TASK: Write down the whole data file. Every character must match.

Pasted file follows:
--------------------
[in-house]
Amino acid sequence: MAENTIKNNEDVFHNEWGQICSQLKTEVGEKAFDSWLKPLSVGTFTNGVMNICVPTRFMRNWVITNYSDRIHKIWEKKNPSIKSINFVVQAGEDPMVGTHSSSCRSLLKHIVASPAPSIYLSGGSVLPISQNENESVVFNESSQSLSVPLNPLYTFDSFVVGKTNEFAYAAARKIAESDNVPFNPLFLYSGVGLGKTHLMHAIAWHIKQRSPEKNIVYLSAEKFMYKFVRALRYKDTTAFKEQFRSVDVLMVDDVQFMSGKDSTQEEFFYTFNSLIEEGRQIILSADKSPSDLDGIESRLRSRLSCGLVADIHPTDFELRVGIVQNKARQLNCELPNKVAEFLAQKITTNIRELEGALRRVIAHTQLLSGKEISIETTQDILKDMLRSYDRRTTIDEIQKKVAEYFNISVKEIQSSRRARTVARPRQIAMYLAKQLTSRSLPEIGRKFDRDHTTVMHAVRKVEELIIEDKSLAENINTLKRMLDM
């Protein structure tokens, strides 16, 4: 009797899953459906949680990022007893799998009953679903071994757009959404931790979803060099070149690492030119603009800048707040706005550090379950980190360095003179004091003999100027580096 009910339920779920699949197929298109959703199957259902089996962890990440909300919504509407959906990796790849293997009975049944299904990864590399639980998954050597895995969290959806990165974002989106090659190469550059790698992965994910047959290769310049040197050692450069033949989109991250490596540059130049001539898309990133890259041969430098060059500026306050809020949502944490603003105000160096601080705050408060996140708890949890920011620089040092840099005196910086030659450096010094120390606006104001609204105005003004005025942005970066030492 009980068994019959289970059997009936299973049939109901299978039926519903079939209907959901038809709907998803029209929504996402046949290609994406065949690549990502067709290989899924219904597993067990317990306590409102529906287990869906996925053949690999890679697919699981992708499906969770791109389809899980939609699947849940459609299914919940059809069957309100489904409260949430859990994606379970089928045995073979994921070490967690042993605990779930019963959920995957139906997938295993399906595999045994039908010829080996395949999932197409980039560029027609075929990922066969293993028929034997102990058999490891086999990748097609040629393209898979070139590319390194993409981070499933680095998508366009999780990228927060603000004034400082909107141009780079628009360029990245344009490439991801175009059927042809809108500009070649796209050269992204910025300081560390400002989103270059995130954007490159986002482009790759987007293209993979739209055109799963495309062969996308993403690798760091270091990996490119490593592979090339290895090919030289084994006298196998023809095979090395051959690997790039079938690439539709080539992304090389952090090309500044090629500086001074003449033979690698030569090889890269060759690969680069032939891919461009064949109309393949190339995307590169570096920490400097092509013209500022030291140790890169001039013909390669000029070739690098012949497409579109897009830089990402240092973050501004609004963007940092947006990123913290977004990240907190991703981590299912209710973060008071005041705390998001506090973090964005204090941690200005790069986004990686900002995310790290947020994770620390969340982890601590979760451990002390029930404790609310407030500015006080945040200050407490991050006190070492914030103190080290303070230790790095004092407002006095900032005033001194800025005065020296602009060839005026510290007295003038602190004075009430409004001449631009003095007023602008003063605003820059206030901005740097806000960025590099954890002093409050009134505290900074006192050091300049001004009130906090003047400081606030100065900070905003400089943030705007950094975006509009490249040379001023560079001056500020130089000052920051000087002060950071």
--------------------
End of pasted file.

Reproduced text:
[in-house]
Amino acid sequence: MAENTIKNNEDVFHNEWGQICSQLKTEVGEKAFDSWLKPLSVGTFTNGVMNICVPTRFMRNWVITNYSDRIHKIWEKKNPSIKSINFVVQAGEDPMVGTHSSSCRSLLKHIVASPAPSIYLSGGSVLPISQNENESVVFNESSQSLSVPLNPLYTFDSFVVGKTNEFAYAAARKIAESDNVPFNPLFLYSGVGLGKTHLMHAIAWHIKQRSPEKNIVYLSAEKFMYKFVRALRYKDTTAFKEQFRSVDVLMVDDVQFMSGKDSTQEEFFYTFNSLIEEGRQIILSADKSPSDLDGIESRLRSRLSCGLVADIHPTDFELRVGIVQNKARQLNCELPNKVAEFLAQKITTNIRELEGALRRVIAHTQLLSGKEISIETTQDILKDMLRSYDRRTTIDEIQKKVAEYFNISVKEIQSSRRARTVARPRQIAMYLAKQLTSRSLPEIGRKFDRDHTTVMHAVRKVEELIIEDKSLAENINTLKRMLDM
């Protein structure tokens, strides 16, 4: 009797899953459906949680990022007893799998009953679903071994757009959404931790979803060099070149690492030119603009800048707040706005550090379950980190360095003179004091003999100027580096 009910339920779920699949197929298109959703199957259902089996962890990440909300919504509407959906990796790849293997009975049944299904990864590399639980998954050597895995969290959806990165974002989106090659190469550059790698992965994910047959290769310049040197050692450069033949989109991250490596540059130049001539898309990133890259041969430098060059500026306050809020949502944490603003105000160096601080705050408060996140708890949890920011620089040092840099005196910086030659450096010094120390606006104001609204105005003004005025942005970066030492 009980068994019959289970059997009936299973049939109901299978039926519903079939209907959901038809709907998803029209929504996402046949290609994406065949690549990502067709290989899924219904597993067990317990306590409102529906287990869906996925053949690999890679697919699981992708499906969770791109389809899980939609699947849940459609299914919940059809069957309100489904409260949430859990994606379970089928045995073979994921070490967690042993605990779930019963959920995957139906997938295993399906595999045994039908010829080996395949999932197409980039560029027609075929990922066969293993028929034997102990058999490891086999990748097609040629393209898979070139590319390194993409981070499933680095998508366009999780990228927060603000004034400082909107141009780079628009360029990245344009490439991801175009059927042809809108500009070649796209050269992204910025300081560390400002989103270059995130954007490159986002482009790759987007293209993979739209055109799963495309062969996308993403690798760091270091990996490119490593592979090339290895090919030289084994006298196998023809095979090395051959690997790039079938690439539709080539992304090389952090090309500044090629500086001074003449033979690698030569090889890269060759690969680069032939891919461009064949109309393949190339995307590169570096920490400097092509013209500022030291140790890169001039013909390669000029070739690098012949497409579109897009830089990402240092973050501004609004963007940092947006990123913290977004990240907190991703981590299912209710973060008071005041705390998001506090973090964005204090941690200005790069986004990686900002995310790290947020994770620390969340982890601590979760451990002390029930404790609310407030500015006080945040200050407490991050006190070492914030103190080290303070230790790095004092407002006095900032005033001194800025005065020296602009060839005026510290007295003038602190004075009430409004001449631009003095007023602008003063605003820059206030901005740097806000960025590099954890002093409050009134505290900074006192050091300049001004009130906090003047400081606030100065900070905003400089943030705007950094975006509009490249040379001023560079001056500020130089000052920051000087002060950071």